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Linux's unofficial security-through-coverup policy
From: spender () grsecurity net (Brad Spengler)
Date: Wed, 16 Jul 2008 09:44:37 -0400

Hi all,

I doubt many of you are following the "discussions" (if they can be 
called that) that have been going on on LWN for the past couple weeks 
regarding security fixes being intentionally covered up by the Linux 
kernel developers and -stable maintainers.  Here are some references:

http://lwn.net/Articles/285438/
http://lwn.net/Articles/286263/
http://lwn.net/Articles/287339/
http://lwn.net/Articles/288473/
http://lwn.net/Articles/289805/

The Linux kernel has a formal policy in Documentation/SecurityBugs which 
states under Section 2 Disclosure:
"We prefer to fully disclose the bug as soon as possible."

However, their policy in reality is quite different, as you can see for 
yourself in the "discussion" going on now on LKML:

http://marc.info/?t=121507404600023&r=1&w=2

Some choice quotes from Linus that reflect how sad the current state is:
http://marc.info/?l=linux-kernel&m=121617056910384&w=2
(on commenting about what he would allow to be included in a commit 
message)
"I literally draw the line at anything that is simply greppable for. If 
it's not a very public security issue already, I don't want a simple 
"git log + grep" to help find it."

http://marc.info/?l=linux-kernel&m=121613851521898&w=2
(when talking about the security backports Linux vendors provide for 
customers)
"And they mostly do a crap job at it, only focusing on a small 
percentage (the ones that were considered to be "big issues")"

They seem to have the impression that people who find an exploit kernel 
vulnerabilities rely on the commit messages fixing the vulnerability 
including some mention of security.  As it should be clear to anyone 
actually involved in the security community, or anyone who has ever 
written an exploit (particularly for the myriad silently fixed 
vulnerabilities in Linux), this is far from reality.  The people who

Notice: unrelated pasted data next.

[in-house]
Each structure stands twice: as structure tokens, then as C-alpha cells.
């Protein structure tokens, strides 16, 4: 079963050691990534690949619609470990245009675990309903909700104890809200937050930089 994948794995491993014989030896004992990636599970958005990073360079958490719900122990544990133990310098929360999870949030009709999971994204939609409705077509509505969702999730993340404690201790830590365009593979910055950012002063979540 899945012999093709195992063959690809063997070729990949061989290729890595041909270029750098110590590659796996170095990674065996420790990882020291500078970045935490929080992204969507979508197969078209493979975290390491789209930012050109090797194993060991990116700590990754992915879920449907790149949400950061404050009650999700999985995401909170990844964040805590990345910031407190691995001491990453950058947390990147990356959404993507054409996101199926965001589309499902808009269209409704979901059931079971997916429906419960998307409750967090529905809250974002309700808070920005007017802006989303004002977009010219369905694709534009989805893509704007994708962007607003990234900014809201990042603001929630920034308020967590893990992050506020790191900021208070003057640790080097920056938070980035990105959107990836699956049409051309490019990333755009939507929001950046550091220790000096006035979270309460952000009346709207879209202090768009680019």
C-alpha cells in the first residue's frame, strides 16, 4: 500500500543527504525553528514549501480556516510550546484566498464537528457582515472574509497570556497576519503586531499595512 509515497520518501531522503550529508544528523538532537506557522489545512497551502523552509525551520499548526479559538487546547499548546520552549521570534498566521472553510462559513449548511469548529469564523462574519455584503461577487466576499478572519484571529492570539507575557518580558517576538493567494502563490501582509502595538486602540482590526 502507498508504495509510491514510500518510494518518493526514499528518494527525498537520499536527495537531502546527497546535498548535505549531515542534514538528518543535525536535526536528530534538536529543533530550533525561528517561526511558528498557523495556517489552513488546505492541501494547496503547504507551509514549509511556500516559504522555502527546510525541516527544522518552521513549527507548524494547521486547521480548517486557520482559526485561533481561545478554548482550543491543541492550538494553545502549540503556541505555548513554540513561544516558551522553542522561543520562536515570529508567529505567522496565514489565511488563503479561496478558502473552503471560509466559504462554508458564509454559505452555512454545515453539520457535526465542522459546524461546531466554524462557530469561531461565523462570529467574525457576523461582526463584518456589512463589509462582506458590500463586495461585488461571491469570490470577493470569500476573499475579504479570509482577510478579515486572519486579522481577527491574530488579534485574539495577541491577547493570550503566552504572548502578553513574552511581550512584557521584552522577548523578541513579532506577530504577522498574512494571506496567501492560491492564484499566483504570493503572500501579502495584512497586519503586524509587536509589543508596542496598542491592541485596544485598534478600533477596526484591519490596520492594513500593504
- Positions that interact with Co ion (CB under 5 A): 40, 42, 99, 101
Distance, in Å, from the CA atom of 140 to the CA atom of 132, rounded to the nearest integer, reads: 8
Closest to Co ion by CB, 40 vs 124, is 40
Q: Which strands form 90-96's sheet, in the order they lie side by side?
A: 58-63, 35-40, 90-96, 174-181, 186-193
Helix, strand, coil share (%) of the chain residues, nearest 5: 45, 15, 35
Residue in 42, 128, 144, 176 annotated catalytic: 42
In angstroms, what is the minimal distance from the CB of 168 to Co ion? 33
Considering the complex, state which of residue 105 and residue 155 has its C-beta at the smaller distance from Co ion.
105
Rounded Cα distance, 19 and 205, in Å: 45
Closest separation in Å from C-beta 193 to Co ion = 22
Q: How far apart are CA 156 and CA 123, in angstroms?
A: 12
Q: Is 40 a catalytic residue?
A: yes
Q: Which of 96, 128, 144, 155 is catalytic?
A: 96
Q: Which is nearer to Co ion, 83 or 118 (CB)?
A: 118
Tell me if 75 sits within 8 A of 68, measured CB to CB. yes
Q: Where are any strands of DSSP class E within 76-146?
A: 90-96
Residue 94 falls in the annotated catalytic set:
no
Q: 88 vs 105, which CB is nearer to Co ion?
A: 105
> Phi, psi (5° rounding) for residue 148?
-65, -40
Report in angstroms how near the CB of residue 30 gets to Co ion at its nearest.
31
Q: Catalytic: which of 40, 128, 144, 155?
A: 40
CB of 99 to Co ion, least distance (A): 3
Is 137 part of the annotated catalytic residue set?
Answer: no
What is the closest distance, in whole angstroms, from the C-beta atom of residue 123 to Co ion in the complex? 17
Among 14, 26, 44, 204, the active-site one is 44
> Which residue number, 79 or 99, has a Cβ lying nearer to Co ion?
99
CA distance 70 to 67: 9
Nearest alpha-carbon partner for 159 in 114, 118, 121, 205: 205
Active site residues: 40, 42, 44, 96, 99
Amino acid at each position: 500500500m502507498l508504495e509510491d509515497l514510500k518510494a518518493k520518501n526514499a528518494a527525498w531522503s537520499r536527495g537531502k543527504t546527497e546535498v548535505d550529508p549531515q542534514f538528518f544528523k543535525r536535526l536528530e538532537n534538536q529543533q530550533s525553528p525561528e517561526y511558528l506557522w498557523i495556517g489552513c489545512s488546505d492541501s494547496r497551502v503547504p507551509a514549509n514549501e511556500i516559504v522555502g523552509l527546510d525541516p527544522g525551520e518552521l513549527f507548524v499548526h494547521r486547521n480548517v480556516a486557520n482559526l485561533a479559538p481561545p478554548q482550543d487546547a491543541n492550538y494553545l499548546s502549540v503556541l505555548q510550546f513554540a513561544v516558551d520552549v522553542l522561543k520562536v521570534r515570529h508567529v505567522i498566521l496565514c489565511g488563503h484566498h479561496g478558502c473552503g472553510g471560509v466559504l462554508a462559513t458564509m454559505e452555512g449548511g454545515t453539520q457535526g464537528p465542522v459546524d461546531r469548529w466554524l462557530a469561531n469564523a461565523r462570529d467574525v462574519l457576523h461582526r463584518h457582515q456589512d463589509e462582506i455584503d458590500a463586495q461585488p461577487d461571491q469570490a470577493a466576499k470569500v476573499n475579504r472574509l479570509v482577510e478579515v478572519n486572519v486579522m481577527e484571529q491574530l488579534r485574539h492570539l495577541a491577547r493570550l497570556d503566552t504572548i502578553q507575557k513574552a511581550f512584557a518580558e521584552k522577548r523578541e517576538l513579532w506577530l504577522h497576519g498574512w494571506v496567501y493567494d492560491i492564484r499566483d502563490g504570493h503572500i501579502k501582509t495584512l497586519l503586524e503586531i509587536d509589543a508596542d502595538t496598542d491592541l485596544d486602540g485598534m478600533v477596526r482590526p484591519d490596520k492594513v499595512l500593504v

*do* rely on these messages and announcements however are the smaller 
distributions and individual users.  Yet Linus et al believe they're 
helping you by pulling the wool over your eyes regarding the exploitable 
vulnerabilities in their OS.

To illustrate the point, in the 2.6.25.10 kernel, the following fix was 
included with the commit message of:
Roland McGrath (1):
      x86_64 ptrace: fix sys32_ptrace task_struct leak

The kernel was released with no mention of security vulnerabilities in 
the announcement, only "assorted bugfixes".

Put simply, it only took about an hour or so to develop a PoC for this 
exploitable vulnerability which affects 64bit x86_64 kernels since 
January.  So since the time of the fix itself (or even before that if 
someone spotted it before the kernel developers did themselves) users 
have been at risk.  Yet in the imaginary world they live in, these 
kernel developers think they're protecting you from that risk by not 
telling you what you're vulnerable to.

Please let them know what you think of their policy of non-disclosure 
and coverups.  I hope someone also educates them on their ridiculous 
notion of "untrusted local users" like Greg uses in his announcement of 
the 2.6.25.11 kernel:
http://lwn.net/Articles/289804/

If you remain complacent about the state of affairs, you're only 
enabling them to continue their current misguided foolishness.

-Brad

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